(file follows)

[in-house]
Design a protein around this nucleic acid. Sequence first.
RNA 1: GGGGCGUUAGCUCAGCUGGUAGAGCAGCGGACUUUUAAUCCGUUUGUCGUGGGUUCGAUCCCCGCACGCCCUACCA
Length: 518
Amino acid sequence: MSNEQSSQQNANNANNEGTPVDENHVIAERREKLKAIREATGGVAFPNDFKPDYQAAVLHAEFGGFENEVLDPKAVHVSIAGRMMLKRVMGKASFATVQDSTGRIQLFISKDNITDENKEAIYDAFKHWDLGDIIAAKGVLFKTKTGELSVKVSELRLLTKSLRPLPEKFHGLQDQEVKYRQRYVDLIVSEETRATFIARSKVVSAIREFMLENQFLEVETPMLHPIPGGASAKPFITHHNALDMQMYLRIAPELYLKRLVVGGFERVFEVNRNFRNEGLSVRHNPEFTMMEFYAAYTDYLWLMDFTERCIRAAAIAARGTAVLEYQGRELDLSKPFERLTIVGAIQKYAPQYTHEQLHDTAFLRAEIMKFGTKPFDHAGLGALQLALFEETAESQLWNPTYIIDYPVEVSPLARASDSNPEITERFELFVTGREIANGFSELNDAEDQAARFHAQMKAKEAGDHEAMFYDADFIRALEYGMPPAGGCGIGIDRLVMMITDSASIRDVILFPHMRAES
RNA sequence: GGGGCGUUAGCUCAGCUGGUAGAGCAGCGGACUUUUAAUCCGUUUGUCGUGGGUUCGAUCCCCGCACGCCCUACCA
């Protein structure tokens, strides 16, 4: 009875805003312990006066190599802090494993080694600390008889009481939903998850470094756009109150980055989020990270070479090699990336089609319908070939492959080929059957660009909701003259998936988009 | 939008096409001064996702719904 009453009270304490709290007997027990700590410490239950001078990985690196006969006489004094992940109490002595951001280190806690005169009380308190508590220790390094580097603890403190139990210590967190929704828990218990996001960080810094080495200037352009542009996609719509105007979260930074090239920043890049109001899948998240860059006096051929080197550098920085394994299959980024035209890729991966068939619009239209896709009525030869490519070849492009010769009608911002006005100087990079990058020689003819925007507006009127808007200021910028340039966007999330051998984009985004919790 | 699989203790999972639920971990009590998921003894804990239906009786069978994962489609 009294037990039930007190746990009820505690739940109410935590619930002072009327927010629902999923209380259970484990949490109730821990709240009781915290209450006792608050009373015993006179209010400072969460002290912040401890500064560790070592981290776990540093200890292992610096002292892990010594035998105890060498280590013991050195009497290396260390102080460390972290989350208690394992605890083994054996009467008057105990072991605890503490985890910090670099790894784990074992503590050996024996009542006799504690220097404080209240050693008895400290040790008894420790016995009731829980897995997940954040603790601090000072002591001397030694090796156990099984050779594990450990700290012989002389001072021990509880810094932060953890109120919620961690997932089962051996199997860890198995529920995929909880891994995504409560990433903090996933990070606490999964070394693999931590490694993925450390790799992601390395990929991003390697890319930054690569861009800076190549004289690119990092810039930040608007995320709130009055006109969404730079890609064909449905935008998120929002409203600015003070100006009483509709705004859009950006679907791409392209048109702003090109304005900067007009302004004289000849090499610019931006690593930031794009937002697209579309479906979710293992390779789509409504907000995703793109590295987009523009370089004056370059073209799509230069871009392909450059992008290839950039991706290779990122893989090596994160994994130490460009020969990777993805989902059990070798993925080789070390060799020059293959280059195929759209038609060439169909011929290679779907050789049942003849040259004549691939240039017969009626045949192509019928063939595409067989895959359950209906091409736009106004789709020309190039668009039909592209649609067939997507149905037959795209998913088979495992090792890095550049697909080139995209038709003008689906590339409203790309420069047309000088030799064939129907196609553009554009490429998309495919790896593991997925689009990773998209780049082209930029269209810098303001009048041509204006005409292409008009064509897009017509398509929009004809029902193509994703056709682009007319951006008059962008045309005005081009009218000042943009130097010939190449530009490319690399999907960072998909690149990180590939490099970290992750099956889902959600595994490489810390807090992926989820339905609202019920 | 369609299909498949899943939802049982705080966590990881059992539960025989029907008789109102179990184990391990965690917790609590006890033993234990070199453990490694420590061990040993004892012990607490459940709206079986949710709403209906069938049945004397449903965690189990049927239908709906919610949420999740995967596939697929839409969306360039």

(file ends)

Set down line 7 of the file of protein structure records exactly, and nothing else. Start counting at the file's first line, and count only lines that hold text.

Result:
């Protein structure tokens, strides 16, 4: 009875805003312990006066190599802090494993080694600390008889009481939903998850470094756009109150980055989020990270070479090699990336089609319908070939492959080929059957660009909701003259998936988009 | 939008096409001064996702719904 009453009270304490709290007997027990700590410490239950001078990985690196006969006489004094992940109490002595951001280190806690005169009380308190508590220790390094580097603890403190139990210590967190929704828990218990996001960080810094080495200037352009542009996609719509105007979260930074090239920043890049109001899948998240860059006096051929080197550098920085394994299959980024035209890729991966068939619009239209896709009525030869490519070849492009010769009608911002006005100087990079990058020689003819925007507006009127808007200021910028340039966007999330051998984009985004919790 | 699989203790999972639920971990009590998921003894804990239906009786069978994962489609 009294037990039930007190746990009820505690739940109410935590619930002072009327927010629902999923209380259970484990949490109730821990709240009781915290209450006792608050009373015993006179209010400072969460002290912040401890500064560790070592981290776990540093200890292992610096002292892990010594035998105890060498280590013991050195009497290396260390102080460390972290989350208690394992605890083994054996009467008057105990072991605890503490985890910090670099790894784990074992503590050996024996009542006799504690220097404080209240050693008895400290040790008894420790016995009731829980897995997940954040603790601090000072002591001397030694090796156990099984050779594990450990700290012989002389001072021990509880810094932060953890109120919620961690997932089962051996199997860890198995529920995929909880891994995504409560990433903090996933990070606490999964070394693999931590490694993925450390790799992601390395990929991003390697890319930054690569861009800076190549004289690119990092810039930040608007995320709130009055006109969404730079890609064909449905935008998120929002409203600015003070100006009483509709705004859009950006679907791409392209048109702003090109304005900067007009302004004289000849090499610019931006690593930031794009937002697209579309479906979710293992390779789509409504907000995703793109590295987009523009370089004056370059073209799509230069871009392909450059992008290839950039991706290779990122893989090596994160994994130490460009020969990777993805989902059990070798993925080789070390060799020059293959280059195929759209038609060439169909011929290679779907050789049942003849040259004549691939240039017969009626045949192509019928063939595409067989895959359950209906091409736009106004789709020309190039668009039909592209649609067939997507149905037959795209998913088979495992090792890095550049697909080139995209038709003008689906590339409203790309420069047309000088030799064939129907196609553009554009490429998309495919790896593991997925689009990773998209780049082209930029269209810098303001009048041509204006005409292409008009064509897009017509398509929009004809029902193509994703056709682009007319951006008059962008045309005005081009009218000042943009130097010939190449530009490319690399999907960072998909690149990180590939490099970290992750099956889902959600595994490489810390807090992926989820339905609202019920 | 369609299909498949899943939802049982705080966590990881059992539960025989029907008789109102179990184990391990965690917790609590006890033993234990070199453990490694420590061990040993004892012990607490459940709206079986949710709403209906069938049945004397449903965690189990049927239908709906919610949420999740995967596939697929839409969306360039």